10 Songs, 58 Minutes

EDITORS’ NOTES

Pianist Fred Hersch’s last three albums have been live efforts, so he was overdue for a visit to the studio. He puts the headphones on for Floating, bringing his working trio of bassist John Hebert and drummer Eric McPherson with him to follow up their 2012 effort Alive at the Vanguard. Jazz is first and foremost a live music, but the subtle interaction between bass and drums can sometimes get lost due to the limitations of live recording. So in many ways, this is as much a showcase for them as it is for Hersch. The chattering stick work and swooping bassline of the jaunty opener, “You & the Night & the Music,” make this immediately apparent, while “Home Fries” bounces along with a conversational Crescent City groove. Taking the beat completely out of the equation, the aptly named title track and “Far Away” are all texture and feel, riding Hersch’s expressive, searching melodies. They close things out strong with the romantic “If Ever I Would Leave You” and a peppy version of Monk’s “Let’s Cool One,” which makes you want to start at the beginning again.

EDITORS’ NOTES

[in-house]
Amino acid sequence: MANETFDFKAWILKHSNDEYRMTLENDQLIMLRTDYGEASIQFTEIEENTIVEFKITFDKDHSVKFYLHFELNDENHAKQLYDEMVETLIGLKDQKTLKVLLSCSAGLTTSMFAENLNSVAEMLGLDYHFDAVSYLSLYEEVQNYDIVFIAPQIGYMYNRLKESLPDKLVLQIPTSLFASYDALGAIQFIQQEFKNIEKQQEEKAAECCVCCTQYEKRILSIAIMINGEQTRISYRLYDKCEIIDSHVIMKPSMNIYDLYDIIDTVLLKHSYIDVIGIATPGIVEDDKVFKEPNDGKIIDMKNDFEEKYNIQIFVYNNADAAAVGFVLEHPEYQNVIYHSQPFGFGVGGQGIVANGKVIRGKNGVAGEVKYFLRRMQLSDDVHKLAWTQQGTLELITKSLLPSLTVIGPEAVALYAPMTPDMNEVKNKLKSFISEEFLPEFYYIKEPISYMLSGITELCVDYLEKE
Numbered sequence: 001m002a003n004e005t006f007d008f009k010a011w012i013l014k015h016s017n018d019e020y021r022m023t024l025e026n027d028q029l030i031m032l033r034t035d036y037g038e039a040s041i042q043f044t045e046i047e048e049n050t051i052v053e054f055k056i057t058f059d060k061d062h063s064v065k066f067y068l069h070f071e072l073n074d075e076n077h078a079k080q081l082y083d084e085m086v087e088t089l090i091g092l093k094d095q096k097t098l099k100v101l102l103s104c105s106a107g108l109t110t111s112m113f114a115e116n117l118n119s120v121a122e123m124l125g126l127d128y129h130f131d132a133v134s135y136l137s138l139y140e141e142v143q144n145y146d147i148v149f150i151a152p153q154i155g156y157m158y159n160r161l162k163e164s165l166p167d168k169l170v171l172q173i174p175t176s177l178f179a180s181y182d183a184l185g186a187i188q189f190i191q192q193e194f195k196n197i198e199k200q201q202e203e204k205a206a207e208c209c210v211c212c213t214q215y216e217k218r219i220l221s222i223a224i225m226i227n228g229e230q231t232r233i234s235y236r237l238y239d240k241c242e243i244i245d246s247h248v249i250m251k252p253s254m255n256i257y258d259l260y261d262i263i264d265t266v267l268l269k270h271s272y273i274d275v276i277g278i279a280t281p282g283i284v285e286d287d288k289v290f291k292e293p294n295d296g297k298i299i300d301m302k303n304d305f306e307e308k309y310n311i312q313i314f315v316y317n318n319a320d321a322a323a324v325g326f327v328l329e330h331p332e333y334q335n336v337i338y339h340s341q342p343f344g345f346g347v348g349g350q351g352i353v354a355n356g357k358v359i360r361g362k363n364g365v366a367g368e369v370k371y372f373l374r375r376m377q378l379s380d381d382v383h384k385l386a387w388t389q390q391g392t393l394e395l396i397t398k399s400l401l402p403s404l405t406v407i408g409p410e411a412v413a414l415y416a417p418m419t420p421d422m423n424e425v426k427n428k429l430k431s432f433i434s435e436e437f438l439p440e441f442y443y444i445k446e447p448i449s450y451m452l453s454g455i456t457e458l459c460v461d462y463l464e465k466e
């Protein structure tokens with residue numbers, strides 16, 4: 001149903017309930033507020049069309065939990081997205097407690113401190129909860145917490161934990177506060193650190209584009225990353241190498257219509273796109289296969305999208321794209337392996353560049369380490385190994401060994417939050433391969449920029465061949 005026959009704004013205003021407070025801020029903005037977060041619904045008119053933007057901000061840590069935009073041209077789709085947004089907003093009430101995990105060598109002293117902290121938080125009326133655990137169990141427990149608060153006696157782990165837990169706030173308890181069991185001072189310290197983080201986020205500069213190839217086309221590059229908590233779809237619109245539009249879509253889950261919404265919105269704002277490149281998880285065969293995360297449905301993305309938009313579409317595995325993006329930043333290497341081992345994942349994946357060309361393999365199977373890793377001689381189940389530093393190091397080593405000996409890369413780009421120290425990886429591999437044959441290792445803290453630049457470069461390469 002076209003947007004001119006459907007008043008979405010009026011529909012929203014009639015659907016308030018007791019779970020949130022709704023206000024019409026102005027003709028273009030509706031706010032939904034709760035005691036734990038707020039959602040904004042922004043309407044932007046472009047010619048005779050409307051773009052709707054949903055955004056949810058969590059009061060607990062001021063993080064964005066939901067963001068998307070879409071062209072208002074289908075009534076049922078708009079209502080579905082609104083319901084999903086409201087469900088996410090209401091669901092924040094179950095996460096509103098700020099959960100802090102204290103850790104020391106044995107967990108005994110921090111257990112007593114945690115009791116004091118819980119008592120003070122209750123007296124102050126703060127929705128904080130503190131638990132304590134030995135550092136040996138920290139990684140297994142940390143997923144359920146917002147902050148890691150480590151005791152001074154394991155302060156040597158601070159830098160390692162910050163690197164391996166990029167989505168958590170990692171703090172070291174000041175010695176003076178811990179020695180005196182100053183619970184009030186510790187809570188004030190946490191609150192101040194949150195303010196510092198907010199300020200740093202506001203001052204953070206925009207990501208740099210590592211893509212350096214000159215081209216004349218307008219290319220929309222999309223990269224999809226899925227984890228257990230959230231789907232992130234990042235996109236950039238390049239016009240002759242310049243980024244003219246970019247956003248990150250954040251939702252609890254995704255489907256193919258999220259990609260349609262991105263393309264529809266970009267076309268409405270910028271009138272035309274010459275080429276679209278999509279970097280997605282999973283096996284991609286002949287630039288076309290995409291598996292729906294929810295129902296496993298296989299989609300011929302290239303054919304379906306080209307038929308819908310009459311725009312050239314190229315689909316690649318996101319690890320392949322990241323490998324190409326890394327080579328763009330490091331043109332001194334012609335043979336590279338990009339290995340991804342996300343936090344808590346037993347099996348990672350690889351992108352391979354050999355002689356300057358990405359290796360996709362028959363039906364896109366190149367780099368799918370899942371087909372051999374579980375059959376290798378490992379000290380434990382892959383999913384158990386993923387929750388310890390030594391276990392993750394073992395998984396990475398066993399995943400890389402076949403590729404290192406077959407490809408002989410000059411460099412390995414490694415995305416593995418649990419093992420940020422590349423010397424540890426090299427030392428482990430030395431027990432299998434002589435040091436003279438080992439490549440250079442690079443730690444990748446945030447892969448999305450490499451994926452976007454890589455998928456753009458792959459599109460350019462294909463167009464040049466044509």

Pianist Fred Hersch’s last three albums have been live efforts, so he was overdue for a visit to the studio. He puts the headphones on for Floating, bringing his working trio of bassist John Hebert and drummer Eric McPherson with him to follow up their 2012 effort Alive at the Vanguard. Jazz is first and foremost a live music, but the subtle interaction between bass and drums can sometimes get lost due to the limitations of live recording. So in many ways, this is as much a showcase for them as it is for Hersch. The chattering stick work and swooping bassline of the jaunty opener, “You & the Night & the Music,” make this immediately apparent, while “Home Fries” bounces along with a conversational Crescent City groove. Taking the beat completely out of the equation, the aptly named title track and “Far Away” are all texture and feel, riding Hersch’s expressive, searching melodies. They close things out strong with the romantic “If Ever I Would Leave You” and a peppy version of Monk’s “Let’s Cool One,” which makes you want to start at the beginning again.

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